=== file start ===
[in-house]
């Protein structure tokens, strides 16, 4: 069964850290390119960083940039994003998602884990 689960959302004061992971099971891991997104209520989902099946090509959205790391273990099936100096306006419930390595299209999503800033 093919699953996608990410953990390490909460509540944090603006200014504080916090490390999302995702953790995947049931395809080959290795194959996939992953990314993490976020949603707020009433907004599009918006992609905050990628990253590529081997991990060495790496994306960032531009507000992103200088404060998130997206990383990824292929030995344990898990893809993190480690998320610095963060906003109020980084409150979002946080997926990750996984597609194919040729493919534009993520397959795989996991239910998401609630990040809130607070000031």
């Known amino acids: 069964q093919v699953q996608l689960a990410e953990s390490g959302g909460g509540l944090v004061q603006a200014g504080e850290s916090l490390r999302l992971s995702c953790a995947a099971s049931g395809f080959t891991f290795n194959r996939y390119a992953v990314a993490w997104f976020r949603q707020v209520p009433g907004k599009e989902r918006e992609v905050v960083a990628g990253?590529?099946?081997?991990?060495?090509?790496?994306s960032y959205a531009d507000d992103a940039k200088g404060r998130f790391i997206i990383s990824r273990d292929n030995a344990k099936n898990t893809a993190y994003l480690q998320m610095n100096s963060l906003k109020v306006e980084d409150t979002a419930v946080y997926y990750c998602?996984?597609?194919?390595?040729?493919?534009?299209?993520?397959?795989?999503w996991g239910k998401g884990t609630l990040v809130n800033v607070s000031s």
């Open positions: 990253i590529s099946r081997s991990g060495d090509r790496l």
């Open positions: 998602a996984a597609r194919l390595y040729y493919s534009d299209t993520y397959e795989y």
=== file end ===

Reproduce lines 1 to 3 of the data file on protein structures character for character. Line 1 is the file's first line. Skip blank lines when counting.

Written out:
[in-house]
């Protein structure tokens, strides 16, 4: 069964850290390119960083940039994003998602884990 689960959302004061992971099971891991997104209520989902099946090509959205790391273990099936100096306006419930390595299209999503800033 093919699953996608990410953990390490909460509540944090603006200014504080916090490390999302995702953790995947049931395809080959290795194959996939992953990314993490976020949603707020009433907004599009918006992609905050990628990253590529081997991990060495790496994306960032531009507000992103200088404060998130997206990383990824292929030995344990898990893809993190480690998320610095963060906003109020980084409150979002946080997926990750996984597609194919040729493919534009993520397959795989996991239910998401609630990040809130607070000031």
């Known amino acids: 069964q093919v699953q996608l689960a990410e953990s390490g959302g909460g509540l944090v004061q603006a200014g504080e850290s916090l490390r999302l992971s995702c953790a995947a099971s049931g395809f080959t891991f290795n194959r996939y390119a992953v990314a993490w997104f976020r949603q707020v209520p009433g907004k599009e989902r918006e992609v905050v960083a990628g990253?590529?099946?081997?991990?060495?090509?790496?994306s960032y959205a531009d507000d992103a940039k200088g404060r998130f790391i997206i990383s990824r273990d292929n030995a344990k099936n898990t893809a993190y994003l480690q998320m610095n100096s963060l906003k109020v306006e980084d409150t979002a419930v946080y997926y990750c998602?996984?597609?194919?390595?040729?493919?534009?299209?993520?397959?795989?999503w996991g239910k998401g884990t609630l990040v809130n800033v607070s000031s």